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Satisficing Contracts

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  • Patrick Bolton
  • Antoine Faure-Grimaud

Abstract

We propose a model of equilibrium contracting between two agents who are "boundedly rational" in the sense that they face time-costs of deliberating current and future transactions. We show that equilibrium contracts may be incomplete and assign control rights: they may leave some enforceable future transactions unspecified and instead specify which agent has the right to decide these transactions. Control rights allow the controlling agent to defer time-consuming deliberations on those transactions to a later date, making her less inclined to prolong negotiations over an initial incomplete contract. Still, agents tend to resolve conflicts up-front by writing more complete initial contracts. A more complete contract can take the form of either a finer adaptation to future contingencies, or greater coarseness. Either way, conflicts among contracting agents tend to result in excessively complete contracts in the sense that the maximization of joint payoffs would result in less up-front deliberation.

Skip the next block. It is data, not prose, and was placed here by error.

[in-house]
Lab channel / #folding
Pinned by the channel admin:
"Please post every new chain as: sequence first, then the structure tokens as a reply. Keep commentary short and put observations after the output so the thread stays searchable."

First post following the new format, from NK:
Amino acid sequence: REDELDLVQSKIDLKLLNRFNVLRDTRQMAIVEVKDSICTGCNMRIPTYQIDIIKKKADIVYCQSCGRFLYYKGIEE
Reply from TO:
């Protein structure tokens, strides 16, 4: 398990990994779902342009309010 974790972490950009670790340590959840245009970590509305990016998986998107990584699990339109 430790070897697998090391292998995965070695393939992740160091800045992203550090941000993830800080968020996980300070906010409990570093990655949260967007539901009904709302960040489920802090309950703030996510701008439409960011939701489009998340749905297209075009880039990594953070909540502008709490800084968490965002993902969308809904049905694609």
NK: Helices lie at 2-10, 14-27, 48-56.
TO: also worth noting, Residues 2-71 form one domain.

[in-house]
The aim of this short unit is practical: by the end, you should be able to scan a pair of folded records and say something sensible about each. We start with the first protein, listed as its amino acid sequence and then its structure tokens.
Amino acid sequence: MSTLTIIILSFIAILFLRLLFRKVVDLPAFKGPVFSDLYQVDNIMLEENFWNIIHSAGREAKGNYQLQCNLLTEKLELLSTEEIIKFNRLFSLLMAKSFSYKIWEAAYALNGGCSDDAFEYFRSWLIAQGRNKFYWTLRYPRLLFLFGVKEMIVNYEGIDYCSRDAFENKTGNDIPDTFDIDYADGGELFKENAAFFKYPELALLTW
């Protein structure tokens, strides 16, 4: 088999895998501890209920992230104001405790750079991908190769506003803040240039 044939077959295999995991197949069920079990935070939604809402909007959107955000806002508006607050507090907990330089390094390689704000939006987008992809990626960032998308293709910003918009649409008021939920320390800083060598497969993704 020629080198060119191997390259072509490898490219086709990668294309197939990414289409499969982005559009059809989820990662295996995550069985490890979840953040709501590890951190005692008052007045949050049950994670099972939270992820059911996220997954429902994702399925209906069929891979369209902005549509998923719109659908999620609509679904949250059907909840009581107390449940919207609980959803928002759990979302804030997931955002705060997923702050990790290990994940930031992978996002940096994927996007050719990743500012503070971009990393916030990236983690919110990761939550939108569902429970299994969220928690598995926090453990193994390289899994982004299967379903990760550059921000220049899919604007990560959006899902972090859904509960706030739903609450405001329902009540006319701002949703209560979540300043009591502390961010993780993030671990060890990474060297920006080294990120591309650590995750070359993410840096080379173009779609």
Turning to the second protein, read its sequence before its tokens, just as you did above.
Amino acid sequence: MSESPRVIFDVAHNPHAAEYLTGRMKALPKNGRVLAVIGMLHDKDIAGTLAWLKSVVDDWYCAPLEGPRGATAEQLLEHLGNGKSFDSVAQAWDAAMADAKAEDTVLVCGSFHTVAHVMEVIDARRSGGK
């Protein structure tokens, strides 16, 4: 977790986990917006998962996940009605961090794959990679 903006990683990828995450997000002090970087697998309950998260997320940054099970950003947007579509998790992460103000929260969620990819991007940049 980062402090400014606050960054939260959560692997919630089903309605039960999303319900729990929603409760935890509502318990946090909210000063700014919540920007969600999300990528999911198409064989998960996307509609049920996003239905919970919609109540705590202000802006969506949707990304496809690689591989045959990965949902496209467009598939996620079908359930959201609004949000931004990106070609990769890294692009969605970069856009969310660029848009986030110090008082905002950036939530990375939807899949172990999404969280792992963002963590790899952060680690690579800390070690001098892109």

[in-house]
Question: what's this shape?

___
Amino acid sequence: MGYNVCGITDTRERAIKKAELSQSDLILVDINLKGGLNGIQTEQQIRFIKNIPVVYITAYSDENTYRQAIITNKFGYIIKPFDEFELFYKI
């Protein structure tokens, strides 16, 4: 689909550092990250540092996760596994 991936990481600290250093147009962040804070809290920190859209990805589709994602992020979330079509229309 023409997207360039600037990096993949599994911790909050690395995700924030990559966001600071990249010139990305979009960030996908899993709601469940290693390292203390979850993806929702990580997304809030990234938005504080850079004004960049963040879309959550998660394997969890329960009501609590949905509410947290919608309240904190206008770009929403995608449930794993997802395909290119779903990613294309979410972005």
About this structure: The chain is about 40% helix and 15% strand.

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Bibliographic Info

Paper provided by National Bureau of Economic Research, Inc in its series NBER Working Papers with number 14654.

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Date of creation: Jan 2009
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Publication status: published as Patrick Bolton & Antoine Faure-Grimaud, 2010. "Satisficing Contracts," Review of Economic Studies, Wiley Blackwell, vol. 77(3), pages 937-971, 07.
Handle: RePEc:nbr:nberwo:14654

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  1. Hart, Oliver D & Moore, John, 1988. "Incomplete Contracts and Renegotiation," Econometrica, Econometric Society, Econometric Society, vol. 56(4), pages 755-85, July.
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Cited by:
  1. Daniel C. Hardy, 2013. "Bank Resolution Costs, Depositor Preference, and Asset Encumbrance," IMF Working Papers 13/172, International Monetary Fund.
  2. Patrick Bolton & Antoine Faure-Grimaud, 2009. "Thinking Ahead: The Decision Problem," Review of Economic Studies, Oxford University Press, vol. 76(4), pages 1205-1238.

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